Burning knee pain

Prepatellar bursitis

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Prepatellar bursitis is triggered by inflammation of the bursa in front of the kneecap. It typically occurs among individuals who spend extended time on kneeling. Remember that the bursa in between the skin and patella is likely to become inflamed.

What are the causes of prepatellar bursitis?

  • Abrupt injury to the knee – this can occur from a fall or sustaining a direct blow to the knee
  • Recurrent minor injury to the knee – this typically occurs after spending time kneeling which places pressure on the patella
  • Infection – the fluid in the prepatellar bursa can become infected and trigger inflammation inside the bursa. This is likely to occur after a scratch, cut or injury to the skin on the knee surface.
    Prepatellar bursitis
    It is important to note that prepatellar bursitis triggers pain and swelling on the affected knee.
  • Gout – having this condition puts the individual at higher risk for developing prepatellar bursitis.
  • Inflammatory disease – if there is an underlying inflammatory condition such as rheumatoid arthritis, it increases the risk

Who are at risk?

Any age group can develop prepatellar bursitis. Generally, it is more common among men than females. If it develops in children, it is likely due to an infection. Remember that infection is a usual cause among those who have weakened immune systems such as those under steroid treatment or chemotherapy for cancer.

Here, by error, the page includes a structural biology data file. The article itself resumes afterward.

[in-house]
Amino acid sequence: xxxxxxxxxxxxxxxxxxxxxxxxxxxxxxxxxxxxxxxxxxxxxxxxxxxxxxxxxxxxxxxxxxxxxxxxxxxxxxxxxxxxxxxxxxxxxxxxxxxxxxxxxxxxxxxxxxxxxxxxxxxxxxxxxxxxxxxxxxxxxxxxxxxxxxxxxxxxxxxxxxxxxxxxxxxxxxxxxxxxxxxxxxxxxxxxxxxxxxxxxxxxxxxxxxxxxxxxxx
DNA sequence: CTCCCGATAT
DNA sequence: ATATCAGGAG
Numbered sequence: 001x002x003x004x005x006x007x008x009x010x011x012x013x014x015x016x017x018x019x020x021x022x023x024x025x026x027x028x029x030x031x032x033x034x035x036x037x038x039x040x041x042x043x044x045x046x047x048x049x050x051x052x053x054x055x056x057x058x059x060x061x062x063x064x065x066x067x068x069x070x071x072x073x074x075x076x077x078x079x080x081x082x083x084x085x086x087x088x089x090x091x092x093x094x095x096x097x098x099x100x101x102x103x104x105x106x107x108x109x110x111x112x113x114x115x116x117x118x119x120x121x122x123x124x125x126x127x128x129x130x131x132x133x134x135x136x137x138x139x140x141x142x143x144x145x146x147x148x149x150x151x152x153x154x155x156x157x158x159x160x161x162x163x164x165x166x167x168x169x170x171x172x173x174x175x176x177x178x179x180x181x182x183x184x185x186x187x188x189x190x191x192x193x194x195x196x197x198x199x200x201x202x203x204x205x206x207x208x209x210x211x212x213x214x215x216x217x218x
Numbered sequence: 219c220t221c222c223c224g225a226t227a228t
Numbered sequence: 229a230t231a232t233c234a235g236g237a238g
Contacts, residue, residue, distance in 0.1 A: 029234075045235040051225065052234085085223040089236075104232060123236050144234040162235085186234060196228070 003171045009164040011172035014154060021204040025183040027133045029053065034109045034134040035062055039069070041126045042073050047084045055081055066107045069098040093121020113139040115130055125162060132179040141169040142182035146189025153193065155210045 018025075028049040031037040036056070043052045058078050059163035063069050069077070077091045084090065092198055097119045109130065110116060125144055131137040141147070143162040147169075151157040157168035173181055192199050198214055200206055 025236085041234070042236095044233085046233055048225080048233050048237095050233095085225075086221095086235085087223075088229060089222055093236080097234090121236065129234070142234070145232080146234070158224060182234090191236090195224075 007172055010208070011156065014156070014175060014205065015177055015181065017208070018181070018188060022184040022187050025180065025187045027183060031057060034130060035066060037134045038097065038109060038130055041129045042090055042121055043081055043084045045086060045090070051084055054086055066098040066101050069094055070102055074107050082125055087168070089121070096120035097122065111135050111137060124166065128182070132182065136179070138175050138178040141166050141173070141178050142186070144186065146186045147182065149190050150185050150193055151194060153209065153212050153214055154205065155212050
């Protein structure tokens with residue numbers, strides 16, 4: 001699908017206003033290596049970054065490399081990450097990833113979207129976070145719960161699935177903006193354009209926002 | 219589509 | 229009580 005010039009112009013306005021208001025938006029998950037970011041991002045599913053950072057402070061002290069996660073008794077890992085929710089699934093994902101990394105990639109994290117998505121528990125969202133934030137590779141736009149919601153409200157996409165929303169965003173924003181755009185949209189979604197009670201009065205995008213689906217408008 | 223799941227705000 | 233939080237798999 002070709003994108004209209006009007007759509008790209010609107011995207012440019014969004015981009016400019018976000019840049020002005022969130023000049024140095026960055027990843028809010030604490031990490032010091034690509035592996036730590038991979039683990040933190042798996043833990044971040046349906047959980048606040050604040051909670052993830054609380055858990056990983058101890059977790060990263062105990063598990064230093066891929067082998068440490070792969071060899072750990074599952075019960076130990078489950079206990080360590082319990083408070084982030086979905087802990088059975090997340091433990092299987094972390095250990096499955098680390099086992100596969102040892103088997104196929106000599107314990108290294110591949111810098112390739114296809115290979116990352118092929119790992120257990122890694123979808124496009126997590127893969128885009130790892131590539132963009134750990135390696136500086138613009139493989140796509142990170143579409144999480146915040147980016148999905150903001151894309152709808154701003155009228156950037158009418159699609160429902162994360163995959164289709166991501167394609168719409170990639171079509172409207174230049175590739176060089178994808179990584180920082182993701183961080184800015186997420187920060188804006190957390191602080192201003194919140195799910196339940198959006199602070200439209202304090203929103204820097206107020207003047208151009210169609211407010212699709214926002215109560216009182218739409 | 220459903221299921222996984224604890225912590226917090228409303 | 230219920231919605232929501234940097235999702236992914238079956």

What are the indications of prepatellar bursitis?

It is important to note that prepatellar bursitis triggers pain and swelling on the affected knee. There is also redness of the skin over the knee and it is tender.

The individual has difficulty bending the knee as well as with walking and kneeling. If due to an infection, fever might be present as well.


If infection is the cause for prepatellar bursitis, the doctor might draw out fluid from the knee to be analyzed. While waiting for the results, antibiotics are prescribed. In most cases, these are taken orally. In severe cases, the doctor might recommend hospitalization so that intravenous antibiotics can be started.

In case the symptoms do not improve despite 36-48 hours of antibiotics, the doctor might suggest the creation of a small incision on the front of the knee to allow the infected fluid to drain out of the bursa.


Non-steroidal anti-inflammatory drugs (NSAIDs) such as ibuprofen can be used for mild to moderate pain from prepatellar bursitis as well as alleviate the inflammation.

If the condition becomes troublesome, the doctor might suggest drawing out fluid from the bursa. A steroid medication is injected into the bursa to counteract the inflammation.

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